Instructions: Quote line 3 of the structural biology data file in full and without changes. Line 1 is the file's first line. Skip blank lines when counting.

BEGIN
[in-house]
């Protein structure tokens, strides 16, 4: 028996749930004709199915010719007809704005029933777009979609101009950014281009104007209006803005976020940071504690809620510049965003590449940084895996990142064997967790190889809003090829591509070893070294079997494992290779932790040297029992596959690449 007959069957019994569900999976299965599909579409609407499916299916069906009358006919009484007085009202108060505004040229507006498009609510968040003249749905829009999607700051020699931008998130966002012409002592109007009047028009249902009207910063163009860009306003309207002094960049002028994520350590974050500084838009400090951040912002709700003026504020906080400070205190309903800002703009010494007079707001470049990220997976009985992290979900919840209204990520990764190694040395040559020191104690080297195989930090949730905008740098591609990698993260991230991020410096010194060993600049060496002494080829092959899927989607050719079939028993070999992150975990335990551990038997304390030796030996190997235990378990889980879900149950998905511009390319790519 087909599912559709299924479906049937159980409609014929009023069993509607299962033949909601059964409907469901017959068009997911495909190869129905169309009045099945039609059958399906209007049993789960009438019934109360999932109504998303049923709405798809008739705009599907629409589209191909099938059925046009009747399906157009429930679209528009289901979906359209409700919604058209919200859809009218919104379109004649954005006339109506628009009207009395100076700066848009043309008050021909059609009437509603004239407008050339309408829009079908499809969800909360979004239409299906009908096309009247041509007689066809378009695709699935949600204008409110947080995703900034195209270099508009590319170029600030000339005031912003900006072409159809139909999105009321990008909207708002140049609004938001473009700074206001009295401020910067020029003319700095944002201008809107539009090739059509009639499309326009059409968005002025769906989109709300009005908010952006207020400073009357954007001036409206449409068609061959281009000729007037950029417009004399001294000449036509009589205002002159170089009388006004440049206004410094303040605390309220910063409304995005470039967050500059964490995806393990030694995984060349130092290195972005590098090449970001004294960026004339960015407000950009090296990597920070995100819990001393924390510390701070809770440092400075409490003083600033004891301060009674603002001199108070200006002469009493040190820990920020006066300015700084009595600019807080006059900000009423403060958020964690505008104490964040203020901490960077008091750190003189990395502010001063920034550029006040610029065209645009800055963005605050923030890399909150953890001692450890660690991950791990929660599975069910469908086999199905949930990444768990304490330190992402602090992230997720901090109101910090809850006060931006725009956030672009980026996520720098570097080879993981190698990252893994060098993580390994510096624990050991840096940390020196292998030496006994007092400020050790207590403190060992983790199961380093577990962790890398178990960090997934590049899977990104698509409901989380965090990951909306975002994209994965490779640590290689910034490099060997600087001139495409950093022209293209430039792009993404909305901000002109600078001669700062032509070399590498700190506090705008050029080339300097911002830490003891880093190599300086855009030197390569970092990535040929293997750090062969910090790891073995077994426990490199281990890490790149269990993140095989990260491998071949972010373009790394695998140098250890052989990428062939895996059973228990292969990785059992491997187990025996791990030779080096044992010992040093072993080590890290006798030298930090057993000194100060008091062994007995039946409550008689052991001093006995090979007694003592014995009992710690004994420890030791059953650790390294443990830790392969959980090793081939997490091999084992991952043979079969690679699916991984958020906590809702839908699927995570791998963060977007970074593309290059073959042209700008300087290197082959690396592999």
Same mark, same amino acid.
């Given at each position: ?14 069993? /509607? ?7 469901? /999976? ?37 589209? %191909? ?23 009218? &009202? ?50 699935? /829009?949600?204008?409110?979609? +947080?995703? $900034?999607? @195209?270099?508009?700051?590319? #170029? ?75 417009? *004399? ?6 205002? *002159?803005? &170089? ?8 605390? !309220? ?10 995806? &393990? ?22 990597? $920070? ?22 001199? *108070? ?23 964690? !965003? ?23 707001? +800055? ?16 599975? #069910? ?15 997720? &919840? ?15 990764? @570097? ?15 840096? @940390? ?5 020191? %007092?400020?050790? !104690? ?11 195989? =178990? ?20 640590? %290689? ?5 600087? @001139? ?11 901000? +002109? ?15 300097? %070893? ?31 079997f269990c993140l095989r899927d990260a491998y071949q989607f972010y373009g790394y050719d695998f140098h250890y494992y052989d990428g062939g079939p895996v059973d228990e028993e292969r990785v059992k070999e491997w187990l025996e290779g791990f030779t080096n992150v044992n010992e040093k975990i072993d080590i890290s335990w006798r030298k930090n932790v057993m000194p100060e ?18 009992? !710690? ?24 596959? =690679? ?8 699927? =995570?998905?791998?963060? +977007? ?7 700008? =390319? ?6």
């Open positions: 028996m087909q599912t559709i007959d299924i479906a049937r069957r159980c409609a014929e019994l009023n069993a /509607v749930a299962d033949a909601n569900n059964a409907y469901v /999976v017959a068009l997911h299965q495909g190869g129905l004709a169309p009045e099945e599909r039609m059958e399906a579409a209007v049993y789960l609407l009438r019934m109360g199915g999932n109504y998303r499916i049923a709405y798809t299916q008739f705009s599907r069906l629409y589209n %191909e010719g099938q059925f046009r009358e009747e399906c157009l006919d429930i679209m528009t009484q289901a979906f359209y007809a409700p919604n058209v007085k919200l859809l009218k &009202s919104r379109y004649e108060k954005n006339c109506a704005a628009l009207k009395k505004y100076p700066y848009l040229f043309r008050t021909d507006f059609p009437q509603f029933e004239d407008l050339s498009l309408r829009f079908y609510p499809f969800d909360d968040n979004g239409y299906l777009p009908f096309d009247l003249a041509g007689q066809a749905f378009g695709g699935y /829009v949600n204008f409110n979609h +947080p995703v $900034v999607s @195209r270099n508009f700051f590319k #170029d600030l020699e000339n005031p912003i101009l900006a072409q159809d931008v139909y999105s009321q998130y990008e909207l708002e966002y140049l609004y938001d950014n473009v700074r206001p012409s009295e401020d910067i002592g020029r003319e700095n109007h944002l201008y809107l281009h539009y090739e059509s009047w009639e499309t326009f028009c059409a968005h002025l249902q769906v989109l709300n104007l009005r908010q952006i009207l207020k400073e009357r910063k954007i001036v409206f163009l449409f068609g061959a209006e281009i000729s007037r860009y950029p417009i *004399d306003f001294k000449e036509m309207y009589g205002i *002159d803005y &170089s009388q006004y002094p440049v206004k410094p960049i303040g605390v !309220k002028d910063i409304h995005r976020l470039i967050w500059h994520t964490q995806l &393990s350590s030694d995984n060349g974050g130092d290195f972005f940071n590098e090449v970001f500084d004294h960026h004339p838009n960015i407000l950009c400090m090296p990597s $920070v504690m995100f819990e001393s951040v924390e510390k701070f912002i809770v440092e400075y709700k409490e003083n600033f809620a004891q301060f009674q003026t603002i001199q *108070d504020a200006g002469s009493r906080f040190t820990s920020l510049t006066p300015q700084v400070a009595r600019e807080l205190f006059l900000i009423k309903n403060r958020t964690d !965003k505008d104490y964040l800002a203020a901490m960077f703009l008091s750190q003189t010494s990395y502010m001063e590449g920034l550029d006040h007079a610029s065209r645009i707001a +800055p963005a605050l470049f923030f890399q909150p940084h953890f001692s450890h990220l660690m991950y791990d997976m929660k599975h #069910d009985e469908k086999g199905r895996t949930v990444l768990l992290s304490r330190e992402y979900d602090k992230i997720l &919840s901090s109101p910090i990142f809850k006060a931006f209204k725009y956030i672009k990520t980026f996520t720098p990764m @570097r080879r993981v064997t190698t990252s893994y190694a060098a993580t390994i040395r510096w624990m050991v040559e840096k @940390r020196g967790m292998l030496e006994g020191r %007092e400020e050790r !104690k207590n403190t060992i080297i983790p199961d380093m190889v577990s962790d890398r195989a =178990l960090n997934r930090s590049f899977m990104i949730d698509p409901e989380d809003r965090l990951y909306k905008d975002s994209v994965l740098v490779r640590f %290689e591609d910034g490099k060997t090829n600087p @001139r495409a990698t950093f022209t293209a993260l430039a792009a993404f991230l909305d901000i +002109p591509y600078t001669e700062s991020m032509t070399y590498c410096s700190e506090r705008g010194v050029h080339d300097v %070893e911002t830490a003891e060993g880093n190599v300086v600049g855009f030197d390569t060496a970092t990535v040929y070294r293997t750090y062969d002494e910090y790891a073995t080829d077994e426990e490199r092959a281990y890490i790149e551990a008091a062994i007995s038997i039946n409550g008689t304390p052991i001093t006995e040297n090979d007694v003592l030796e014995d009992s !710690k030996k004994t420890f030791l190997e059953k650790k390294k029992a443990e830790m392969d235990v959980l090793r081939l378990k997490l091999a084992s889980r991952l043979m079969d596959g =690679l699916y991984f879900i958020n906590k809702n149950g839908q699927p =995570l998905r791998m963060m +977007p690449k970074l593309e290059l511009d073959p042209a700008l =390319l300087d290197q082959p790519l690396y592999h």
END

Same mark, same amino acid.